Raising Global Citizens: 5 Questions for Sponge Founder, Jackie Friedman Mighdoll
How can you talk to your children about sometimes-troubling global events and give them a sense of how they can connect and contribute? A free panel discussion titled “Global Giving: The Power of Children,” will tackle this topic and far more on Thursday, April 26, at Seattle’s Children’s Theatre.
Hosted by Sponge founder Jackie Friedman Mighdoll, the panel will feature local experts who will offer ideas on volunteer experiences, travel, how to talk about the world with kids, and how spending time with people from other cultures here at home can also create important connections. Below, Mighdoll answers a few questions about global giving and kids.
1. What prompted you to organize this panel discussion?
I’d been thinking about how what we do when our kids are young plants seeds for when they are older. And, specifically, I was thinking about how I approach this topic with my own boys. How do I talk to them about the tsunami in Japan and what we could do? How do I help them understand life in India? And, maybe most importantly, how could I make this a part of our everyday lives? In the process of thinking about it and talking to the staff at Sponge and friends, so many great ideas came out. I’m excited to learn even more on Thursday from a great group of panelists.
2. What can parents expect to learn from it?
Our goal is to give parents ideas that they can put into action right away. We’ll be talking about ways to help children form connections. We’ll talk about how to find, evaluate and pick projects and organizations that kids find interesting. And, we’ll be giving parents strategies for how to make it easy (or easier!) to make this a part of our busy family lives! We especially want to provide parents of young children resources on how to get started early and make it a life-long passion.
3. You (and Sponge) are well known for language education. What is the connection between learning about a culture through, say, studying a language, and actively making a difference in international causes?
Getting involved internationally starts with compassion, and compassion comes easily for many children when they have a connection. At Sponge, we’re focused on language and culture—on creating connections and building understanding. That’s the big goal! As kids grow up with an appreciation for people who speak other languages and come from other cultures, their compassion grows.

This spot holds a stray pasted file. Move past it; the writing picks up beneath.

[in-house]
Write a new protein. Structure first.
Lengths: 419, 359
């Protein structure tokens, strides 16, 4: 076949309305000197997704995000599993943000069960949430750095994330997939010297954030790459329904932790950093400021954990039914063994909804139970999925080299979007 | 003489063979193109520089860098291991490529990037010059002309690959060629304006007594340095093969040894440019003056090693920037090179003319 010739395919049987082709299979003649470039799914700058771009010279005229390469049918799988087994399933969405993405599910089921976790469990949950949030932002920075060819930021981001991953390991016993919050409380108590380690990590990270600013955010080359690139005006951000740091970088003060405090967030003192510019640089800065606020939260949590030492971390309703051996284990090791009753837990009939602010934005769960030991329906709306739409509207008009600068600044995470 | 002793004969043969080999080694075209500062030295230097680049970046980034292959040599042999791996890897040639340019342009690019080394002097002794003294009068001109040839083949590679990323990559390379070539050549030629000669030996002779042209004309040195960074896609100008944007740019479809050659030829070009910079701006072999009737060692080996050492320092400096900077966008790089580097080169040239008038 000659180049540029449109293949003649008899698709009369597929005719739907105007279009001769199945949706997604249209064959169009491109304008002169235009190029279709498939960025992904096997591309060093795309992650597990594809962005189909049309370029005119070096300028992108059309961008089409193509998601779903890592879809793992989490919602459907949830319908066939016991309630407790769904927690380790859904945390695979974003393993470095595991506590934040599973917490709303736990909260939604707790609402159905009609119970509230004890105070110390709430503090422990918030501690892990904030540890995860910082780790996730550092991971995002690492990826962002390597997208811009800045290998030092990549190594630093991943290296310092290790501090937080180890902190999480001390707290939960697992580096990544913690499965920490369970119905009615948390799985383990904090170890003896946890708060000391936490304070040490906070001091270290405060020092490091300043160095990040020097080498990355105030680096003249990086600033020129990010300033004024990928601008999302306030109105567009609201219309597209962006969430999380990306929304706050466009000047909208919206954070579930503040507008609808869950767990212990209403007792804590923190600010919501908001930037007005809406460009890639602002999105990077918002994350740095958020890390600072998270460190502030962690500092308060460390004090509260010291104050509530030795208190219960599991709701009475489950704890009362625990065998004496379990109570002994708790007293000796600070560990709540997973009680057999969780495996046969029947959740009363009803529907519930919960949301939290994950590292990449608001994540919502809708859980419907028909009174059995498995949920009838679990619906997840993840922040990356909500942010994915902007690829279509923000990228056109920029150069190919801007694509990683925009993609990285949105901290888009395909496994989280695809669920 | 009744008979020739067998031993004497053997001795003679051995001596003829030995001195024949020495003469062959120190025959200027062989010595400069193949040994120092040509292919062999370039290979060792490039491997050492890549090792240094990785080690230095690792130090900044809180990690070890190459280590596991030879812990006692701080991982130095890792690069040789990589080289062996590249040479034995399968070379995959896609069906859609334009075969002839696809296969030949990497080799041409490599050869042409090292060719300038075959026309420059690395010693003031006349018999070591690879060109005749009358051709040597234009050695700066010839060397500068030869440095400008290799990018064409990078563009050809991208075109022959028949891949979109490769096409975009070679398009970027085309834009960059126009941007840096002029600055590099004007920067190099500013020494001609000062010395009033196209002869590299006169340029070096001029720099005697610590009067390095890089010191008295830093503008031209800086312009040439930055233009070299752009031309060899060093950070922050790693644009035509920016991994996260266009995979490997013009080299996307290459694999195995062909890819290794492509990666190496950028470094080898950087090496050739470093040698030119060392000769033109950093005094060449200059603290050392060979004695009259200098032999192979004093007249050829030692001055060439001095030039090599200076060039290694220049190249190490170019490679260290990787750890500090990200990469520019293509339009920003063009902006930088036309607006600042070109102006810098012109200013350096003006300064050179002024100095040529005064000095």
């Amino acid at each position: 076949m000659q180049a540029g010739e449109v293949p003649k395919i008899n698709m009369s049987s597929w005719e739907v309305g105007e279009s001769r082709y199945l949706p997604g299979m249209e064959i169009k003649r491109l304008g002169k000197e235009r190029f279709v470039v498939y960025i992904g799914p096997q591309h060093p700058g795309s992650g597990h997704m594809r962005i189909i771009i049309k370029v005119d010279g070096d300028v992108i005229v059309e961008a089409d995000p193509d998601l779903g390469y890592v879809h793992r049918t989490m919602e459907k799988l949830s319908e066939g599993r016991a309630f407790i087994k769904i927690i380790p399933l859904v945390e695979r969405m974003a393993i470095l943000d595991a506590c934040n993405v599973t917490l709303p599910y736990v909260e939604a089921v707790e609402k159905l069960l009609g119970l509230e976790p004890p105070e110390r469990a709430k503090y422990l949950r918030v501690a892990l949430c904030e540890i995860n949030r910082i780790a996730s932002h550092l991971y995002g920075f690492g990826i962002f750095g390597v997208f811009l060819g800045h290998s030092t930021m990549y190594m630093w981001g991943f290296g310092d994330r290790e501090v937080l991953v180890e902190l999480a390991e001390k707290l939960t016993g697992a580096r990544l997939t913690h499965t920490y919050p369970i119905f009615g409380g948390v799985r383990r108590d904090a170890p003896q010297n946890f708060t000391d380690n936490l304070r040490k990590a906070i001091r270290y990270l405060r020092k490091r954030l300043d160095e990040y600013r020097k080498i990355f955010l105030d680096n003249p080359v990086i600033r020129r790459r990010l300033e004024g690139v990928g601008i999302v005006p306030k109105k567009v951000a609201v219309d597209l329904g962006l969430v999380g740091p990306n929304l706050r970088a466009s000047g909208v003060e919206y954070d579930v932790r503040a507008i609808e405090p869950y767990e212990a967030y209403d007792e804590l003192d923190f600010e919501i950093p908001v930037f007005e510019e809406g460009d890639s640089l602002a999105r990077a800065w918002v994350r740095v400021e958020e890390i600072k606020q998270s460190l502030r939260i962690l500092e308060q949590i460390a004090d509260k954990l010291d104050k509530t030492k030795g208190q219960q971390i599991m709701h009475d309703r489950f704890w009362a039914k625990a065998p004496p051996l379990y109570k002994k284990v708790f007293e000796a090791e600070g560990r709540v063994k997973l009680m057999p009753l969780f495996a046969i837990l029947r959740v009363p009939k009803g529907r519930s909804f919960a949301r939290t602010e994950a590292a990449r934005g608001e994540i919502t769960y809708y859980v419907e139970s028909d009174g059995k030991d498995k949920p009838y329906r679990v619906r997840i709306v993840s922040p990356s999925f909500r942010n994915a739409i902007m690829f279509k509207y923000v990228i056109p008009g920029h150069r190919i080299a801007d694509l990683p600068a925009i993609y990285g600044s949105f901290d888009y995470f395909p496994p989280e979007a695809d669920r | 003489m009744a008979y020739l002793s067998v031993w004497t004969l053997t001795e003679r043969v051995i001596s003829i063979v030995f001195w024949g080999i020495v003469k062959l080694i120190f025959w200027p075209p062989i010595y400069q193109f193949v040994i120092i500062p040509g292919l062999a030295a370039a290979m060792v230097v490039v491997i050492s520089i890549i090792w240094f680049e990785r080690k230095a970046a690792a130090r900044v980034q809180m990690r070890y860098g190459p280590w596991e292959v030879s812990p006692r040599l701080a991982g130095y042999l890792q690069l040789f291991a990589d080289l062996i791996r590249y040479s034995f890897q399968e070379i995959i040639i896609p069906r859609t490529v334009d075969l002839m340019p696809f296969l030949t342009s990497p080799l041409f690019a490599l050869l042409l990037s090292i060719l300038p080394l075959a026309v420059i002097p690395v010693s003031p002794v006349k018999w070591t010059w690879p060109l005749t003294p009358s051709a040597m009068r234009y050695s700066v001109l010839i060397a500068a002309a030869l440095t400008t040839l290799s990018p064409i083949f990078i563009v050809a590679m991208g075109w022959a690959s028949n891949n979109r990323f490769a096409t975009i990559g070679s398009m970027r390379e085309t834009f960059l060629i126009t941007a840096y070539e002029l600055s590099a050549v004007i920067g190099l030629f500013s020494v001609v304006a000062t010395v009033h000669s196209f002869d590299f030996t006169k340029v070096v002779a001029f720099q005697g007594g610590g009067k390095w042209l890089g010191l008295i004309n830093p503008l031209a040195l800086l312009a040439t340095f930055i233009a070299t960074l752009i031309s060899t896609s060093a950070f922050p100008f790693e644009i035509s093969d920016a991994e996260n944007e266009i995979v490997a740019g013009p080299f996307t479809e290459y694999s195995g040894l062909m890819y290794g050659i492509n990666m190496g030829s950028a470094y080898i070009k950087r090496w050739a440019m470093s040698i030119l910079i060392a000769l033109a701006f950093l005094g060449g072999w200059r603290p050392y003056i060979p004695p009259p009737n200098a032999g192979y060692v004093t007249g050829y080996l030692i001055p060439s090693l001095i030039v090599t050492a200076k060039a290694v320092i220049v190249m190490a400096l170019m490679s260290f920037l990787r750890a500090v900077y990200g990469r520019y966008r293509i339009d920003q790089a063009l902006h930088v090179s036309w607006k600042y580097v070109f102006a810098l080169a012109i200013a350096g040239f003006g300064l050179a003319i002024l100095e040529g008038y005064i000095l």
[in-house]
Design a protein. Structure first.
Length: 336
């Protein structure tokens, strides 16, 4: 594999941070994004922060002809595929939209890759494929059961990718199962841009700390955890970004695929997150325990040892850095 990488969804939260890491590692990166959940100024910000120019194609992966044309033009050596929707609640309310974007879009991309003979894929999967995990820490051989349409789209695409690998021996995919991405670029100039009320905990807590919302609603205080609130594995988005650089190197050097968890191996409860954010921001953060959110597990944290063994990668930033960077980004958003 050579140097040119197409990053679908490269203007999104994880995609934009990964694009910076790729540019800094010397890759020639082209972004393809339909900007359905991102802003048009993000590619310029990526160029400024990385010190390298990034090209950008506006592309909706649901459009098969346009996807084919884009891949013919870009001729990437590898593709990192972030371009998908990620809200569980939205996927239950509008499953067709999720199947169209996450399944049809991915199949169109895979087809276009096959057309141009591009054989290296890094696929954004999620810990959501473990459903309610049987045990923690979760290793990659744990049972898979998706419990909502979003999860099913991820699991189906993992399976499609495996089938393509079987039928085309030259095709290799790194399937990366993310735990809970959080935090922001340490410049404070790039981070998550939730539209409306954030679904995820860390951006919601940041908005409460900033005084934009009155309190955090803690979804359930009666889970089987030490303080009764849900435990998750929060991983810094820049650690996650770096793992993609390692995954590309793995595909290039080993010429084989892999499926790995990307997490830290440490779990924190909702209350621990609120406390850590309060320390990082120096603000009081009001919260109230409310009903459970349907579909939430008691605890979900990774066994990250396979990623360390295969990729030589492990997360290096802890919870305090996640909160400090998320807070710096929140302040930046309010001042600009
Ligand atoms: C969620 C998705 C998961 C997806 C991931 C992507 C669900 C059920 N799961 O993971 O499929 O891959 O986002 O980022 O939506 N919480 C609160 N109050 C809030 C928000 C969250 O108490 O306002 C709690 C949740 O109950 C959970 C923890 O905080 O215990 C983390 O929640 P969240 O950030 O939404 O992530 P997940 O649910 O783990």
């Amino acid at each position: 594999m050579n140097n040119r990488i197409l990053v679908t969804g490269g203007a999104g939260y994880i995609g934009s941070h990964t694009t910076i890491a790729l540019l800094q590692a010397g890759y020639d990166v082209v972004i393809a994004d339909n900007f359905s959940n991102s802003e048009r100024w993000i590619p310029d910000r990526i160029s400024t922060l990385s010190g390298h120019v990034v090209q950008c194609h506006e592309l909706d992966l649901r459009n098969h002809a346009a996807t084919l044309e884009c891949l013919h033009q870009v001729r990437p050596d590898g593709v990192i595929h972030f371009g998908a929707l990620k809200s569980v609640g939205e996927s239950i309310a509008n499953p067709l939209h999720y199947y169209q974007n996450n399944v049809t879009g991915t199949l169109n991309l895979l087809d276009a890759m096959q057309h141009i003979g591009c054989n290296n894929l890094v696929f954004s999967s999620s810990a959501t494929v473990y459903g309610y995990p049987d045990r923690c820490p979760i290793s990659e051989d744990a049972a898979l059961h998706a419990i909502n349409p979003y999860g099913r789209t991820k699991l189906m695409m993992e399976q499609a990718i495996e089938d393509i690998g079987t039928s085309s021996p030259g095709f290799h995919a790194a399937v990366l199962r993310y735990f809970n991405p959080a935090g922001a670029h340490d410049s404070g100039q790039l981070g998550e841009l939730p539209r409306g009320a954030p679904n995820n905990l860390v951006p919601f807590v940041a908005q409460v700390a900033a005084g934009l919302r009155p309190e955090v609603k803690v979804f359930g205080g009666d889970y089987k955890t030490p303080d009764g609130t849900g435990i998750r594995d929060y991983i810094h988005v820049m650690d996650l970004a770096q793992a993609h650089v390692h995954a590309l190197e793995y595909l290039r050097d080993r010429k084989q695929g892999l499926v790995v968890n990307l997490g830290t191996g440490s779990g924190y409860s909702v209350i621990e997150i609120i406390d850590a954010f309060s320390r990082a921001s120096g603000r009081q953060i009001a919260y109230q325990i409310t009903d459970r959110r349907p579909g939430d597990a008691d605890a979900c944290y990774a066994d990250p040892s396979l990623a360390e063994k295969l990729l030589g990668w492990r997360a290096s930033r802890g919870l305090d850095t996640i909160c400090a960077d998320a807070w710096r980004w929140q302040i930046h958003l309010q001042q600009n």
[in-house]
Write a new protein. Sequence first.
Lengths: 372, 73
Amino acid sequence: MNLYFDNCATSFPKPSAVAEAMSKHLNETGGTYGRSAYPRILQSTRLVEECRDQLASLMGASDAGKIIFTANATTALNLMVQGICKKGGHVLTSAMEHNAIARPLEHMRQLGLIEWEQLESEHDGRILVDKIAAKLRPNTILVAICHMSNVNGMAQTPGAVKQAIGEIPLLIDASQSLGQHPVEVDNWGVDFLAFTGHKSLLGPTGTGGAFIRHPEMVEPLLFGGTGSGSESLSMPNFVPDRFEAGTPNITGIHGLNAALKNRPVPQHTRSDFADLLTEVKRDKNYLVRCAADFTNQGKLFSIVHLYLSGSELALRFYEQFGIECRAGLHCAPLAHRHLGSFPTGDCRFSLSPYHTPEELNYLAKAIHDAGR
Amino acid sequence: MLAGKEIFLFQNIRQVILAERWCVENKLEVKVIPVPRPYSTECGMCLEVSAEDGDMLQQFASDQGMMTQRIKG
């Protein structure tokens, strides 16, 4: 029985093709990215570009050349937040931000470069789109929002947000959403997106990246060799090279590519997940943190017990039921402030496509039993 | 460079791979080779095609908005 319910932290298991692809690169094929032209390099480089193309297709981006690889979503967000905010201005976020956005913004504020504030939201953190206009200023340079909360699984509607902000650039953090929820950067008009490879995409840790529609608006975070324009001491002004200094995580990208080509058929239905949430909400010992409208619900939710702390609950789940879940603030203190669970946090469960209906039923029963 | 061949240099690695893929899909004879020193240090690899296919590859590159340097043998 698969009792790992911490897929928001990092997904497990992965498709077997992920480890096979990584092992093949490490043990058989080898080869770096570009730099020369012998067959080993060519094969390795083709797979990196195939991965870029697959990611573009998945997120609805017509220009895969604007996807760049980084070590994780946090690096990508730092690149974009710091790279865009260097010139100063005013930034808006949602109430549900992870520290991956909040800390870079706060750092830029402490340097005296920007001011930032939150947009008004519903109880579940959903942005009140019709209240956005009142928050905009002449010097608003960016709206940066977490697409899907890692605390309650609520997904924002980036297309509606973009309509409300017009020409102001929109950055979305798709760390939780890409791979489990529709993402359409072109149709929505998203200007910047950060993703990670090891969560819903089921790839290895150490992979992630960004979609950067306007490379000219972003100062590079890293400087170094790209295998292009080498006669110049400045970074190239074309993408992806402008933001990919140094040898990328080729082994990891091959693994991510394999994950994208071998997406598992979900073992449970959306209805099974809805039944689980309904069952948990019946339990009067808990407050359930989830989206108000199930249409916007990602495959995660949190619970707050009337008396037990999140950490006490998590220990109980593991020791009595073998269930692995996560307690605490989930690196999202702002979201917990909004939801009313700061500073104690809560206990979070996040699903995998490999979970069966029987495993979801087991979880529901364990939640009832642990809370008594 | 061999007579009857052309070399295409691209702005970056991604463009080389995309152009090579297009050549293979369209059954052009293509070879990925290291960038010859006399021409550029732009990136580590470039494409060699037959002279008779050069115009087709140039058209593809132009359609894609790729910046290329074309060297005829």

4. What’s a story of a child making a difference globally that’s inspired you?
There are amazing stories of kids who’ve started foundations that have had a positive impact on thousands of people. We even have one of those kids on our panel! (Jessica Markowitz is the founder of Richard’s Rwanda-IMPUHWE.)
But I think what’s inspired me most is on the parenting side—and isn’t nearly so press-worthy. It’s the mom who takes her kids regularly to the Chinese nursing home. It’s the weekly family donation to the charity box. It’s making giving a normal part of life, which adds up both for the kids and the world. Our goal at Sponge is to help raise young global citizens, and I’m inspired by many of the parents in our community.
How do you cultivate a spirit of global giving in your own children?
I’m working on it! I feel like it’s my job to help my boys form the connections and then to figure out how to give them a channel for their energy. We love traveling as a family, so that’s been a beautiful way to grow our understanding. They also develop connections with people in our own community who come from other places. They are interested in Ethiopia, because they adore a woman who runs an Ethiopian restaurant we frequent. My current challenge is figuring out how to give them the opportunities to take action as part of our everyday life.
5. How do kids benefit from being involved in global causes?
It benefits all of us in so many ways. Understanding others helps you look at yourself in a new way. It gives kids a new perspective and helps them decide what really is important. It also frankly makes you feel good, too. Recent studies show that people who volunteer are happier and healthier. Ultimately, I think kids who grow up thinking about the world will continue making a difference as adults. And that gives me lots of hope!
If You Go . . .
Where: Seattle Children's Theatre, West Rehearsal Hall: 201 Thomas St., Seattle
(Enter through the administrative entrance on the east side of the building.)
When: Thursday, April 26, 7 to 9 p.m.
RSVP: RSVPs recommended; 206-227-7138 or email email@example.com.
Who: Panelists include Peter Drury, development director of A Child's Right; Tammy Leland, co-founder and international program director of Crooked Trails; Garfield High School student Jessica Markowitz, who is also the founder of IMPUHWE; and Lisa Merrill, principal of Merrill Images and board member of Seattle Social Venture Partners. The discussion will be moderated by Jackie Friedman Mighdoll, founder of Sponge.